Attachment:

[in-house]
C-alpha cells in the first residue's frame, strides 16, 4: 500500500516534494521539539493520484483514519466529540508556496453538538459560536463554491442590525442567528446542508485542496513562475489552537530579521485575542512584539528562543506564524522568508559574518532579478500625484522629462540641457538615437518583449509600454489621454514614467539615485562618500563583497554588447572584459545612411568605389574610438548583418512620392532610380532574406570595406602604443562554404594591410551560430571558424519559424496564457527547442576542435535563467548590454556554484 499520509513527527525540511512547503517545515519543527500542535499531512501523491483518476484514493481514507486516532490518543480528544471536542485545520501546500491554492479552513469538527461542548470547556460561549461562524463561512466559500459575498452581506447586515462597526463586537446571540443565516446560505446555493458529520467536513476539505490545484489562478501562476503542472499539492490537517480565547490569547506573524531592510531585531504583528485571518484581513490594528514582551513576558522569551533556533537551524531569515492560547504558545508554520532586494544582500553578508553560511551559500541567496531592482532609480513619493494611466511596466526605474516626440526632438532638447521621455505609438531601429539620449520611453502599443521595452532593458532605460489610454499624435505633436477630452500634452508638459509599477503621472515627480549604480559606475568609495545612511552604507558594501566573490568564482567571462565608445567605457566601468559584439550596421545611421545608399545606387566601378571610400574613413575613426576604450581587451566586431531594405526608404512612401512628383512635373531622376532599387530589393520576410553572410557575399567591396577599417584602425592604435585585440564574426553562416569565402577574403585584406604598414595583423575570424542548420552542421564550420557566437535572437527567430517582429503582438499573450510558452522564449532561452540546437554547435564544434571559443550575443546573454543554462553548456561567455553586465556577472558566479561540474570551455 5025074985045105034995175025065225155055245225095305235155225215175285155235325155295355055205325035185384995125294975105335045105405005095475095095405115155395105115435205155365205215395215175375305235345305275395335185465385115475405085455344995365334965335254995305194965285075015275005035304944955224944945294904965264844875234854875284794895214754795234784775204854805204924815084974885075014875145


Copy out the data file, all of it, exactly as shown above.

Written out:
[in-house]
C-alpha cells in the first residue's frame, strides 16, 4: 500500500516534494521539539493520484483514519466529540508556496453538538459560536463554491442590525442567528446542508485542496513562475489552537530579521485575542512584539528562543506564524522568508559574518532579478500625484522629462540641457538615437518583449509600454489621454514614467539615485562618500563583497554588447572584459545612411568605389574610438548583418512620392532610380532574406570595406602604443562554404594591410551560430571558424519559424496564457527547442576542435535563467548590454556554484 499520509513527527525540511512547503517545515519543527500542535499531512501523491483518476484514493481514507486516532490518543480528544471536542485545520501546500491554492479552513469538527461542548470547556460561549461562524463561512466559500459575498452581506447586515462597526463586537446571540443565516446560505446555493458529520467536513476539505490545484489562478501562476503542472499539492490537517480565547490569547506573524531592510531585531504583528485571518484581513490594528514582551513576558522569551533556533537551524531569515492560547504558545508554520532586494544582500553578508553560511551559500541567496531592482532609480513619493494611466511596466526605474516626440526632438532638447521621455505609438531601429539620449520611453502599443521595452532593458532605460489610454499624435505633436477630452500634452508638459509599477503621472515627480549604480559606475568609495545612511552604507558594501566573490568564482567571462565608445567605457566601468559584439550596421545611421545608399545606387566601378571610400574613413575613426576604450581587451566586431531594405526608404512612401512628383512635373531622376532599387530589393520576410553572410557575399567591396577599417584602425592604435585585440564574426553562416569565402577574403585584406604598414595583423575570424542548420552542421564550420557566437535572437527567430517582429503582438499573450510558452522564449532561452540546437554547435564544434571559443550575443546573454543554462553548456561567455553586465556577472558566479561540474570551455 5025074985045105034995175025065225155055245225095305235155225215175285155235325155295355055205325035185384995125294975105335045105405005095475095095405115155395105115435205155365205215395215175375305235345305275395335185465385115475405085455344995365334965335254995305194965285075015275005035304944955224944945294904965264844875234854875284794895214754795234784775204854805204924815084974885075014875145